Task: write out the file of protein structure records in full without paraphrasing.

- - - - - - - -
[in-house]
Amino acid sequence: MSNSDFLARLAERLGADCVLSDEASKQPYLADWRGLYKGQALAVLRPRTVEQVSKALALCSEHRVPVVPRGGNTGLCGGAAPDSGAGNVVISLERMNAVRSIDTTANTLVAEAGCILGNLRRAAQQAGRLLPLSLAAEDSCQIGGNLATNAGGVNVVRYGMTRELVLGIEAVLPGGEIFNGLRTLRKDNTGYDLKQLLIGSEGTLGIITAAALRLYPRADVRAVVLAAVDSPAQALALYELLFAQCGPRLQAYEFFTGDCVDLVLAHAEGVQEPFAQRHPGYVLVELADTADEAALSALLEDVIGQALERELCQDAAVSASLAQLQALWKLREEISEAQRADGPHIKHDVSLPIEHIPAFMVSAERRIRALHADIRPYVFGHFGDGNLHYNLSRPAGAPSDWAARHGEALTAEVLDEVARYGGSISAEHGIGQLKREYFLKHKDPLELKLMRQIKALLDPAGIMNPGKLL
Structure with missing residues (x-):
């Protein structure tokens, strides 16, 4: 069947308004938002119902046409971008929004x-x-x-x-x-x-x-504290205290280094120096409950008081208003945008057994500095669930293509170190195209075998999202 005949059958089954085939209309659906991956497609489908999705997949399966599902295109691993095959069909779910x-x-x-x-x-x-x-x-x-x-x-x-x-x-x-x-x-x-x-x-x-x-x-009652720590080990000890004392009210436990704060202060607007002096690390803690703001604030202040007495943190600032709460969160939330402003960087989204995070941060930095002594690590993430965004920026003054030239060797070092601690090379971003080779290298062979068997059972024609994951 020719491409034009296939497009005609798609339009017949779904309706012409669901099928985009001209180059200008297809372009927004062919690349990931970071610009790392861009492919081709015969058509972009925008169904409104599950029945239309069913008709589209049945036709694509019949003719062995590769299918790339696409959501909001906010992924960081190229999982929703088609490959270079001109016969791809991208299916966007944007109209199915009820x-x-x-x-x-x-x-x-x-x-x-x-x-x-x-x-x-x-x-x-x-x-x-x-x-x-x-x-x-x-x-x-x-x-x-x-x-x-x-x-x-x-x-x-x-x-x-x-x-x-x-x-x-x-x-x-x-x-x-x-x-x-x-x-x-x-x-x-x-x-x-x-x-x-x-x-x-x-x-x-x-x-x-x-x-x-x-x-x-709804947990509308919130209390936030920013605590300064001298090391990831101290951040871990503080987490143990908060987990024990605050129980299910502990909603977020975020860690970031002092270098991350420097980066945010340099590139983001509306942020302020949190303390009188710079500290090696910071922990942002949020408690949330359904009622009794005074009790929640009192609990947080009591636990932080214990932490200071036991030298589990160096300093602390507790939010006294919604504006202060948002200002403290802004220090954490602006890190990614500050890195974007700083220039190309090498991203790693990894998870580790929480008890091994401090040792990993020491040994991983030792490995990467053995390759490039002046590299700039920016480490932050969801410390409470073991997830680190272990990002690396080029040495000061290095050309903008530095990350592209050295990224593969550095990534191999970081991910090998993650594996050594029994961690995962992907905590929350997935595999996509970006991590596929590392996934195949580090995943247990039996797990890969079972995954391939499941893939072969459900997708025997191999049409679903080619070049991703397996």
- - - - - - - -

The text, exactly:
[in-house]
Amino acid sequence: MSNSDFLARLAERLGADCVLSDEASKQPYLADWRGLYKGQALAVLRPRTVEQVSKALALCSEHRVPVVPRGGNTGLCGGAAPDSGAGNVVISLERMNAVRSIDTTANTLVAEAGCILGNLRRAAQQAGRLLPLSLAAEDSCQIGGNLATNAGGVNVVRYGMTRELVLGIEAVLPGGEIFNGLRTLRKDNTGYDLKQLLIGSEGTLGIITAAALRLYPRADVRAVVLAAVDSPAQALALYELLFAQCGPRLQAYEFFTGDCVDLVLAHAEGVQEPFAQRHPGYVLVELADTADEAALSALLEDVIGQALERELCQDAAVSASLAQLQALWKLREEISEAQRADGPHIKHDVSLPIEHIPAFMVSAERRIRALHADIRPYVFGHFGDGNLHYNLSRPAGAPSDWAARHGEALTAEVLDEVARYGGSISAEHGIGQLKREYFLKHKDPLELKLMRQIKALLDPAGIMNPGKLL
Structure with missing residues (x-):
């Protein structure tokens, strides 16, 4: 069947308004938002119902046409971008929004x-x-x-x-x-x-x-504290205290280094120096409950008081208003945008057994500095669930293509170190195209075998999202 005949059958089954085939209309659906991956497609489908999705997949399966599902295109691993095959069909779910x-x-x-x-x-x-x-x-x-x-x-x-x-x-x-x-x-x-x-x-x-x-x-009652720590080990000890004392009210436990704060202060607007002096690390803690703001604030202040007495943190600032709460969160939330402003960087989204995070941060930095002594690590993430965004920026003054030239060797070092601690090379971003080779290298062979068997059972024609994951 020719491409034009296939497009005609798609339009017949779904309706012409669901099928985009001209180059200008297809372009927004062919690349990931970071610009790392861009492919081709015969058509972009925008169904409104599950029945239309069913008709589209049945036709694509019949003719062995590769299918790339696409959501909001906010992924960081190229999982929703088609490959270079001109016969791809991208299916966007944007109209199915009820x-x-x-x-x-x-x-x-x-x-x-x-x-x-x-x-x-x-x-x-x-x-x-x-x-x-x-x-x-x-x-x-x-x-x-x-x-x-x-x-x-x-x-x-x-x-x-x-x-x-x-x-x-x-x-x-x-x-x-x-x-x-x-x-x-x-x-x-x-x-x-x-x-x-x-x-x-x-x-x-x-x-x-x-x-x-x-x-x-709804947990509308919130209390936030920013605590300064001298090391990831101290951040871990503080987490143990908060987990024990605050129980299910502990909603977020975020860690970031002092270098991350420097980066945010340099590139983001509306942020302020949190303390009188710079500290090696910071922990942002949020408690949330359904009622009794005074009790929640009192609990947080009591636990932080214990932490200071036991030298589990160096300093602390507790939010006294919604504006202060948002200002403290802004220090954490602006890190990614500050890195974007700083220039190309090498991203790693990894998870580790929480008890091994401090040792990993020491040994991983030792490995990467053995390759490039002046590299700039920016480490932050969801410390409470073991997830680190272990990002690396080029040495000061290095050309903008530095990350592209050295990224593969550095990534191999970081991910090998993650594996050594029994961690995962992907905590929350997935595999996509970006991590596929590392996934195949580090995943247990039996797990890969079972995954391939499941893939072969459900997708025997191999049409679903080619070049991703397996």